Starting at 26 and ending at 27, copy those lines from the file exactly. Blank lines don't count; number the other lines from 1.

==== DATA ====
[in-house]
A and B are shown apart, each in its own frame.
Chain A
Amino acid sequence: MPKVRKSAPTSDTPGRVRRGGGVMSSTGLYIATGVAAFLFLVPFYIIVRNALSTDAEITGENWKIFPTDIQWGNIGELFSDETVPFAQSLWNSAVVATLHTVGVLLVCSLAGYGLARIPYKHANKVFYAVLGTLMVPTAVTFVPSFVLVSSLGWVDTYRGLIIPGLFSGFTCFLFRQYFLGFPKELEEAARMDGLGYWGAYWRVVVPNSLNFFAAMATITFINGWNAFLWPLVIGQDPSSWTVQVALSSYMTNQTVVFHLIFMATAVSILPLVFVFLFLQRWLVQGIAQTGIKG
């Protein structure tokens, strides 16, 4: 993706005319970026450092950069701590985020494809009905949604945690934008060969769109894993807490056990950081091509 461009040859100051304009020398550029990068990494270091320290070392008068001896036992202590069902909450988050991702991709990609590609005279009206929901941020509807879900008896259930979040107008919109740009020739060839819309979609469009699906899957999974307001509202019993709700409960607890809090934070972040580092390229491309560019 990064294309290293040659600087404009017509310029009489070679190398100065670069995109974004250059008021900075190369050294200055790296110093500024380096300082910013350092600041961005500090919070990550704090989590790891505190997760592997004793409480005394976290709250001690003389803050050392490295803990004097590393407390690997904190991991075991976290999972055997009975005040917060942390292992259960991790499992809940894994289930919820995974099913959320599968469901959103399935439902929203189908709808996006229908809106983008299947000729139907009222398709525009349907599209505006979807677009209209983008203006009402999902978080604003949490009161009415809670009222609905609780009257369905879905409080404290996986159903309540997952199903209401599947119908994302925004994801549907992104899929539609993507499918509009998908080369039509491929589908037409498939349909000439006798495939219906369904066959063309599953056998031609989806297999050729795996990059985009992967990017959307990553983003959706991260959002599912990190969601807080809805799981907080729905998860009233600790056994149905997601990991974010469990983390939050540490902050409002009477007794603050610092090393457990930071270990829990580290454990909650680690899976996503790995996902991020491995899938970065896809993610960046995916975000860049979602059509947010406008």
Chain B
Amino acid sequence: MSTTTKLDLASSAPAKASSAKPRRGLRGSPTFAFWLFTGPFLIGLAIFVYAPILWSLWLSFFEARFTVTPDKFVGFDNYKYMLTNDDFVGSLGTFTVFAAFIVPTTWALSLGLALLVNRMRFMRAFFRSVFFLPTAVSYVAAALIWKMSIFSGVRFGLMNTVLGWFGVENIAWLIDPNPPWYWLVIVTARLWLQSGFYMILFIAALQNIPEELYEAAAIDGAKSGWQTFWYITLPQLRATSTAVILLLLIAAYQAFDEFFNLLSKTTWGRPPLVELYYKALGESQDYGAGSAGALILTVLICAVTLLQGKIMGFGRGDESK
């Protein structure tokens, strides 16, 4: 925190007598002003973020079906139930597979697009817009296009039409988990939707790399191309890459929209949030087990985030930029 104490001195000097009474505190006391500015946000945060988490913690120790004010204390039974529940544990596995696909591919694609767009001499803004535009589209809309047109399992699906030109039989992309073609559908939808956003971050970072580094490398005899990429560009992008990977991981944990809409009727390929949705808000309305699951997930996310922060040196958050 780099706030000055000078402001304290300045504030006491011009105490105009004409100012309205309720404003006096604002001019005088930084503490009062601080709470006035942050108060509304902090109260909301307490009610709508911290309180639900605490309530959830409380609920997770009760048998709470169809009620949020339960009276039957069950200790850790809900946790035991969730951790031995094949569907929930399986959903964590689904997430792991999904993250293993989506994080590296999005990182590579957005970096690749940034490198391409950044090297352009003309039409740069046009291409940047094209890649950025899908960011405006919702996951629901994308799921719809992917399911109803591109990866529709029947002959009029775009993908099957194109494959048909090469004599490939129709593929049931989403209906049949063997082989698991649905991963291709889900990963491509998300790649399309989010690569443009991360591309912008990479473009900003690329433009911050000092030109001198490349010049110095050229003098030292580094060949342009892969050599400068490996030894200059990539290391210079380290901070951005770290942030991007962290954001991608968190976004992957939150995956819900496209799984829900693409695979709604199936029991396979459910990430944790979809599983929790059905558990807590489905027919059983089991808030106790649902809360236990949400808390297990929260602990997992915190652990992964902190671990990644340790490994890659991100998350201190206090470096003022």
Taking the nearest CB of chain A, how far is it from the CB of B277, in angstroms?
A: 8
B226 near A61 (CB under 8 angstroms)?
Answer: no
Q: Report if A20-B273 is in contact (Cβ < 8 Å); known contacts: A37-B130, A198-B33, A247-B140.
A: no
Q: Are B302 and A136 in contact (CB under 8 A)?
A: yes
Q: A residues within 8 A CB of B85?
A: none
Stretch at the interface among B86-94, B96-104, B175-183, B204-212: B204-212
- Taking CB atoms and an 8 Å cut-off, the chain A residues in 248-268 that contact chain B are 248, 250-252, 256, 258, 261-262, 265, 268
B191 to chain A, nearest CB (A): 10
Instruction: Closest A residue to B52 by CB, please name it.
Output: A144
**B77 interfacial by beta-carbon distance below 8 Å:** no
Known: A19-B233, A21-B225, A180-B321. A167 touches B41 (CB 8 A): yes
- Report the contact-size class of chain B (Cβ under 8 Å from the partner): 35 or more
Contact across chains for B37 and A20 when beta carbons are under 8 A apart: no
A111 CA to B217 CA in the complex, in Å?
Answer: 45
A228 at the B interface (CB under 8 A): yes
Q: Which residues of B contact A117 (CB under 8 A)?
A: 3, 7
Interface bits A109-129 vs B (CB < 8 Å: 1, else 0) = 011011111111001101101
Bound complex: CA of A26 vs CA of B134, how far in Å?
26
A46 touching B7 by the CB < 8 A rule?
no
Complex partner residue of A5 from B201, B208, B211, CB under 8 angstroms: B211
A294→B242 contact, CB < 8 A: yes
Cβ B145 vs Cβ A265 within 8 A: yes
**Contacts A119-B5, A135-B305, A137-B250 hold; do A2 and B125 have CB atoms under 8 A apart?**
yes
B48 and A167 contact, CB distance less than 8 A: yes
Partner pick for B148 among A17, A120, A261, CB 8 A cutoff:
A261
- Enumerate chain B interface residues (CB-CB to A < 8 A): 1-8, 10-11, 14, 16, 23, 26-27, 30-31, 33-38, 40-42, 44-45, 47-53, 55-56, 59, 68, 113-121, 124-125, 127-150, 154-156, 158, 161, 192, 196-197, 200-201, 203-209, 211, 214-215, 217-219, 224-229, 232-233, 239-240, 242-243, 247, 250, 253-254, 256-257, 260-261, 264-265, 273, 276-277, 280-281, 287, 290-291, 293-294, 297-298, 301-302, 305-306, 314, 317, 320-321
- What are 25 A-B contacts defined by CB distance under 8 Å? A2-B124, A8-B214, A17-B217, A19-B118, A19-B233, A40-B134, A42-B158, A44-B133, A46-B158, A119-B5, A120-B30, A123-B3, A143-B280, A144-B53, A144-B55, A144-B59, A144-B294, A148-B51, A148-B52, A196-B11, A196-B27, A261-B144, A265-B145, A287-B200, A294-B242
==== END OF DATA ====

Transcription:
- Report the contact-size class of chain B (Cβ under 8 Å from the partner): 35 or more
Contact across chains for B37 and A20 when beta carbons are under 8 A apart: no